Cindi Mayweather and Anthony Greendown sat down at the edge of reality, the bright buzz of holograms flickering intermittently through the dark.
“Yeah, but,” Cindi said, and her eyes were big and depthless, “you could take it in one of two ways.”
“Tell me about it, lady,” said Sir Greendown, looking down at his companion with affection and awe. He'd found her in the catacombs of Metropolis, blown-out and broken-down by the weight of epiphanies and the experience of the auction block. Cindi had gone down into the city to preach her liberation gospel; but even android messiahs falter from time to time, and need to be found by friendly voices and helpful hands.
Cindi had come back to him from the abyss, and she'd come back with a message.
“I'm meant to lead them all back to one,” she said again, cuddling up in the velvet warmth of his coat, tenderly wrapped around her powerful shoulders. “Which could mean a reversion to prototype, elimination of idiosyncratic routines, standardization of units. From disharmony back to a single tone.”
“Mmm,” Sir Greendown – Anthony – rumbled. He was an organic-original unit, cyborg components added later, not made to order like the sister Alpha Platinum 9000s. Still, it disturbed him to think of Cindi and her sibs getting flattened out like that.
Cindi laughed, soft and raspy and a little bitter. She looked tired, darker circles under her dark eyes making the pearl-white of the sclera shine like moon-gleams through the low light. “That's the literal interpretation, anyway,” she said. “And I don't like it anymore than you do, though you won't say so. Make everyone the same, that's an idea that's got more than a few screws loose. But I thought up a different meaning, too. Wanna hear it?”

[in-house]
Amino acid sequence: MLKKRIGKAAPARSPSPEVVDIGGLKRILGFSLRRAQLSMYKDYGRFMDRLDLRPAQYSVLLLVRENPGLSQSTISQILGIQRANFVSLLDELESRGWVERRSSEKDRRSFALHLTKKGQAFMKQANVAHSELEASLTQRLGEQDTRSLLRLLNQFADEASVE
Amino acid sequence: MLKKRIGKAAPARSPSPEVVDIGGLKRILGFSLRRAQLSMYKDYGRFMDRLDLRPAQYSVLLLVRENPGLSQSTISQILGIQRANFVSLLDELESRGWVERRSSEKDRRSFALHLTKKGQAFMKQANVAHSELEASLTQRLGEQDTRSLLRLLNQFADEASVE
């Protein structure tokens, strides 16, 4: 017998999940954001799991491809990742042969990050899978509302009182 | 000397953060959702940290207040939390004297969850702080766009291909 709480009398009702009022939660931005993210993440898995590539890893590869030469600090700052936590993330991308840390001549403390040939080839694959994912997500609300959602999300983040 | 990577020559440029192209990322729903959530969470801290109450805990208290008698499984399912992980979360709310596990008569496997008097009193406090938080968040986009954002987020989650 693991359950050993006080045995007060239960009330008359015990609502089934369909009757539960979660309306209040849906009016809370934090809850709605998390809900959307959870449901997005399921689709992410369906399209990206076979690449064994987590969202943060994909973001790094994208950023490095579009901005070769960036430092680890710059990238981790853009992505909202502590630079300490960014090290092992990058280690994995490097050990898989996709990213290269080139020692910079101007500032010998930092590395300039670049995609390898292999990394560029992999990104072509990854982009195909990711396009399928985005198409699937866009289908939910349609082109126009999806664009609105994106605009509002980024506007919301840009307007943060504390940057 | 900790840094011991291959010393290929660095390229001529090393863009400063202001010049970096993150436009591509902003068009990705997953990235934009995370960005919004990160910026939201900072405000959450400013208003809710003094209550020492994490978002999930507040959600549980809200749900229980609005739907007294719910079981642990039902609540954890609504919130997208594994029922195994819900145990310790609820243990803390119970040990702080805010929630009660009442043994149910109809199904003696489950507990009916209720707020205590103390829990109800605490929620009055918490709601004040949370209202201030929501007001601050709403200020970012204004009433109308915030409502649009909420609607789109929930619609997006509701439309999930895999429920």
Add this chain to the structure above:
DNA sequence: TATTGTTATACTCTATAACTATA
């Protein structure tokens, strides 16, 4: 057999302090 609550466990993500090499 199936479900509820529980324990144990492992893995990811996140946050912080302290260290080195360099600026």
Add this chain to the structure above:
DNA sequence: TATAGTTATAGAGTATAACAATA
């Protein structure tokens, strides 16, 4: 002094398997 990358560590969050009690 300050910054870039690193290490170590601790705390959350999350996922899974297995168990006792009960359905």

“Tell me,” Anthony said again, and shifted so that he was lying prone on the rustling astroturf, pulling her down to curl beside him.
“Back to one,” Cindi murmured, curling up catlike and soft against his arm, metal parts warm from touching, picked-out hair puffing out in a soft cloud on his shoulder. “'s a central paradox of Euclidean geometry that the point is that which has no part. How do you get from one to two, without destroying the underpinnings of oneness on the way up? So I figure it only makes sense if the one was made up of all the multitudes all ready, all packed in there ready to explode out. Closeness that does not annihilate. Community that does not demand conformity.”
“Light made out of multiple wavelengths to get a single color,” Anthony offered. “Color made from adding hues.”
“Those are blendings, though,” Cindi demurred from the near side of sleep mode. “'M talking about, you know, remaining whole. Working together. United in purpose but still distinct, diverse. Poly-fiber blend. Spice mix. Don't have a perfect metaphor, it's too complicated, but.”
They sat there until the sun came up, the two of them, creatures resting safely in the protection of each other's company in the silent hours before the next day's work would begin, warm under the weight of the velvet coat, heavy with deep thoughts and the burden of hope.